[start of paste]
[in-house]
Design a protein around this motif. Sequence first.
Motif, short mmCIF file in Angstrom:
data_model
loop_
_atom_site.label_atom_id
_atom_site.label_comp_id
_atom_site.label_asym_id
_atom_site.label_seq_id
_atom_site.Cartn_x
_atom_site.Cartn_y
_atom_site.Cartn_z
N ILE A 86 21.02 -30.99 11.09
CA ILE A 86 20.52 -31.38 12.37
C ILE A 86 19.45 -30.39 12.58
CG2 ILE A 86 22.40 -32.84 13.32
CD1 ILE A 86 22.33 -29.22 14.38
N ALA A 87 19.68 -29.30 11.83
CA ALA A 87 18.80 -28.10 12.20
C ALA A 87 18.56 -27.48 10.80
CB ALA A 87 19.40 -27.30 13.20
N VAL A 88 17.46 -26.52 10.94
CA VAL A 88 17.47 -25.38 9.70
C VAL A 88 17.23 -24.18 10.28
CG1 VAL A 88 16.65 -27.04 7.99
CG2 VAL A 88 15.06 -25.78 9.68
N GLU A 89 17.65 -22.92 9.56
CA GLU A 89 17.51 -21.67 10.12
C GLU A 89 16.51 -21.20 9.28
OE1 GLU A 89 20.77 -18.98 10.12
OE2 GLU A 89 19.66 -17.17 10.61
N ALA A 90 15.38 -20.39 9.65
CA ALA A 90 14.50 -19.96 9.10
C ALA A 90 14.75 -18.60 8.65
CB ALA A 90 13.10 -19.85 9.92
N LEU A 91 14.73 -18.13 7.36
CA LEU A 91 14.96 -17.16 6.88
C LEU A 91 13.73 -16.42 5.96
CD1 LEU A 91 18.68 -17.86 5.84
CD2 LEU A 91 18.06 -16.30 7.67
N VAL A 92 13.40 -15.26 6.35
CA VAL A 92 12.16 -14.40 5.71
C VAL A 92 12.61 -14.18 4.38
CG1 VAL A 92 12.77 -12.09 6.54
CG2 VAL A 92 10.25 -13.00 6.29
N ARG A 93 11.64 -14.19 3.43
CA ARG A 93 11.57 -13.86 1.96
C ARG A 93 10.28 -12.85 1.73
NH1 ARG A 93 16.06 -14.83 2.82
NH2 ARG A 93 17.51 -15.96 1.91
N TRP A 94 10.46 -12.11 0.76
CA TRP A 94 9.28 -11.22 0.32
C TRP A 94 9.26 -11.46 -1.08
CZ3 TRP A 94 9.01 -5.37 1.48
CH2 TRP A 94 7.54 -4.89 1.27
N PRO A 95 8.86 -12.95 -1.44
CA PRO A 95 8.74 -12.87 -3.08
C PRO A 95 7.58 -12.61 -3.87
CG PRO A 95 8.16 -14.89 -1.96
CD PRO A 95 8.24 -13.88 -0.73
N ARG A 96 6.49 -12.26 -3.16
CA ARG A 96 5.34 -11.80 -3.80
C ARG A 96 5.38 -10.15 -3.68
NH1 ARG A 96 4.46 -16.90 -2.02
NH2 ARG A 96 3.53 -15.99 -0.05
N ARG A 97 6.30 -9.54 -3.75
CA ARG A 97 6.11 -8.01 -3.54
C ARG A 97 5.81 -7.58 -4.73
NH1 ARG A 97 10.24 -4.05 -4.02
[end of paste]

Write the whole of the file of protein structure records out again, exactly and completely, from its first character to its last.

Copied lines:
[in-house]
Design a protein around this motif. Sequence first.
Motif, short mmCIF file in Angstrom:
data_model
loop_
_atom_site.label_atom_id
_atom_site.label_comp_id
_atom_site.label_asym_id
_atom_site.label_seq_id
_atom_site.Cartn_x
_atom_site.Cartn_y
_atom_site.Cartn_z
N ILE A 86 21.02 -30.99 11.09
CA ILE A 86 20.52 -31.38 12.37
C ILE A 86 19.45 -30.39 12.58
CG2 ILE A 86 22.40 -32.84 13.32
CD1 ILE A 86 22.33 -29.22 14.38
N ALA A 87 19.68 -29.30 11.83
CA ALA A 87 18.80 -28.10 12.20
C ALA A 87 18.56 -27.48 10.80
CB ALA A 87 19.40 -27.30 13.20
N VAL A 88 17.46 -26.52 10.94
CA VAL A 88 17.47 -25.38 9.70
C VAL A 88 17.23 -24.18 10.28
CG1 VAL A 88 16.65 -27.04 7.99
CG2 VAL A 88 15.06 -25.78 9.68
N GLU A 89 17.65 -22.92 9.56
CA GLU A 89 17.51 -21.67 10.12
C GLU A 89 16.51 -21.20 9.28
OE1 GLU A 89 20.77 -18.98 10.12
OE2 GLU A 89 19.66 -17.17 10.61
N ALA A 90 15.38 -20.39 9.65
CA ALA A 90 14.50 -19.96 9.10
C ALA A 90 14.75 -18.60 8.65
CB ALA A 90 13.10 -19.85 9.92
N LEU A 91 14.73 -18.13 7.36
CA LEU A 91 14.96 -17.16 6.88
C LEU A 91 13.73 -16.42 5.96
CD1 LEU A 91 18.68 -17.86 5.84
CD2 LEU A 91 18.06 -16.30 7.67
N VAL A 92 13.40 -15.26 6.35
CA VAL A 92 12.16 -14.40 5.71
C VAL A 92 12.61 -14.18 4.38
CG1 VAL A 92 12.77 -12.09 6.54
CG2 VAL A 92 10.25 -13.00 6.29
N ARG A 93 11.64 -14.19 3.43
CA ARG A 93 11.57 -13.86 1.96
C ARG A 93 10.28 -12.85 1.73
NH1 ARG A 93 16.06 -14.83 2.82
NH2 ARG A 93 17.51 -15.96 1.91
N TRP A 94 10.46 -12.11 0.76
CA TRP A 94 9.28 -11.22 0.32
C TRP A 94 9.26 -11.46 -1.08
CZ3 TRP A 94 9.01 -5.37 1.48
CH2 TRP A 94 7.54 -4.89 1.27
N PRO A 95 8.86 -12.95 -1.44
CA PRO A 95 8.74 -12.87 -3.08
C PRO A 95 7.58 -12.61 -3.87
CG PRO A 95 8.16 -14.89 -1.96
CD PRO A 95 8.24 -13.88 -0.73
N ARG A 96 6.49 -12.26 -3.16
CA ARG A 96 5.34 -11.80 -3.80
C ARG A 96 5.38 -10.15 -3.68
NH1 ARG A 96 4.46 -16.90 -2.02
NH2 ARG A 96 3.53 -15.99 -0.05
N ARG A 97 6.30 -9.54 -3.75
CA ARG A 97 6.11 -8.01 -3.54
C ARG A 97 5.81 -7.58 -4.73
NH1 ARG A 97 10.24 -4.05 -4.02